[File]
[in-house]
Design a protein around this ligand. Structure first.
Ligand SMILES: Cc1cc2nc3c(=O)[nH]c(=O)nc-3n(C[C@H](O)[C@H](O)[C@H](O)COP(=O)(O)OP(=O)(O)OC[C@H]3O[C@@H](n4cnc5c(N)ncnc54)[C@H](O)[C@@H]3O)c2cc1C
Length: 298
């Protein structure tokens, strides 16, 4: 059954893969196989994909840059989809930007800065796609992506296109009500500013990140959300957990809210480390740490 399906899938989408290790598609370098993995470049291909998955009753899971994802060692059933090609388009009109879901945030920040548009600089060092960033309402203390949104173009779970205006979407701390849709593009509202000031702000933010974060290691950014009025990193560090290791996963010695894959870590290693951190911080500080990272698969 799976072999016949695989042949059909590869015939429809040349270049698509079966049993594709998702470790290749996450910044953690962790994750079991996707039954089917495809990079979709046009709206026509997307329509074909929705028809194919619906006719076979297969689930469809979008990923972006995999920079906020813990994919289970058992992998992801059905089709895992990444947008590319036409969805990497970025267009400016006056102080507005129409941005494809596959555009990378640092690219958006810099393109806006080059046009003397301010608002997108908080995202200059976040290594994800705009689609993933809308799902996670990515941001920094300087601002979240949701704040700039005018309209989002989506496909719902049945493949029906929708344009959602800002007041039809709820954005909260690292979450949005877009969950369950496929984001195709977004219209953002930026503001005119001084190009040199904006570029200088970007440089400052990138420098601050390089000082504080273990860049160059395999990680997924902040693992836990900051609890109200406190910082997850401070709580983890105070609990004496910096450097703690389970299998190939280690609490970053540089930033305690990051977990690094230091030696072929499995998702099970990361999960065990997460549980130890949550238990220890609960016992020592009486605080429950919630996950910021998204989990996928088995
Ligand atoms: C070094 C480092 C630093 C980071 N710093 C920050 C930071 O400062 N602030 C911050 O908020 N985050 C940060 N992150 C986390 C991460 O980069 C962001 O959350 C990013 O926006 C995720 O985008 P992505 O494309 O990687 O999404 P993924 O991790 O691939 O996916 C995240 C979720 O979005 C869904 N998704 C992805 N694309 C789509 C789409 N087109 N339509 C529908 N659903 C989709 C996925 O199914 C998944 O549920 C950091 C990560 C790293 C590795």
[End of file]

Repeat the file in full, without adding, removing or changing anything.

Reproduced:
[in-house]
Design a protein around this ligand. Structure first.
Ligand SMILES: Cc1cc2nc3c(=O)[nH]c(=O)nc-3n(C[C@H](O)[C@H](O)[C@H](O)COP(=O)(O)OP(=O)(O)OC[C@H]3O[C@@H](n4cnc5c(N)ncnc54)[C@H](O)[C@@H]3O)c2cc1C
Length: 298
């Protein structure tokens, strides 16, 4: 059954893969196989994909840059989809930007800065796609992506296109009500500013990140959300957990809210480390740490 399906899938989408290790598609370098993995470049291909998955009753899971994802060692059933090609388009009109879901945030920040548009600089060092960033309402203390949104173009779970205006979407701390849709593009509202000031702000933010974060290691950014009025990193560090290791996963010695894959870590290693951190911080500080990272698969 799976072999016949695989042949059909590869015939429809040349270049698509079966049993594709998702470790290749996450910044953690962790994750079991996707039954089917495809990079979709046009709206026509997307329509074909929705028809194919619906006719076979297969689930469809979008990923972006995999920079906020813990994919289970058992992998992801059905089709895992990444947008590319036409969805990497970025267009400016006056102080507005129409941005494809596959555009990378640092690219958006810099393109806006080059046009003397301010608002997108908080995202200059976040290594994800705009689609993933809308799902996670990515941001920094300087601002979240949701704040700039005018309209989002989506496909719902049945493949029906929708344009959602800002007041039809709820954005909260690292979450949005877009969950369950496929984001195709977004219209953002930026503001005119001084190009040199904006570029200088970007440089400052990138420098601050390089000082504080273990860049160059395999990680997924902040693992836990900051609890109200406190910082997850401070709580983890105070609990004496910096450097703690389970299998190939280690609490970053540089930033305690990051977990690094230091030696072929499995998702099970990361999960065990997460549980130890949550238990220890609960016992020592009486605080429950919630996950910021998204989990996928088995
Ligand atoms: C070094 C480092 C630093 C980071 N710093 C920050 C930071 O400062 N602030 C911050 O908020 N985050 C940060 N992150 C986390 C991460 O980069 C962001 O959350 C990013 O926006 C995720 O985008 P992505 O494309 O990687 O999404 P993924 O991790 O691939 O996916 C995240 C979720 O979005 C869904 N998704 C992805 N694309 C789509 C789409 N087109 N339509 C529908 N659903 C989709 C996925 O199914 C998944 O549920 C950091 C990560 C790293 C590795």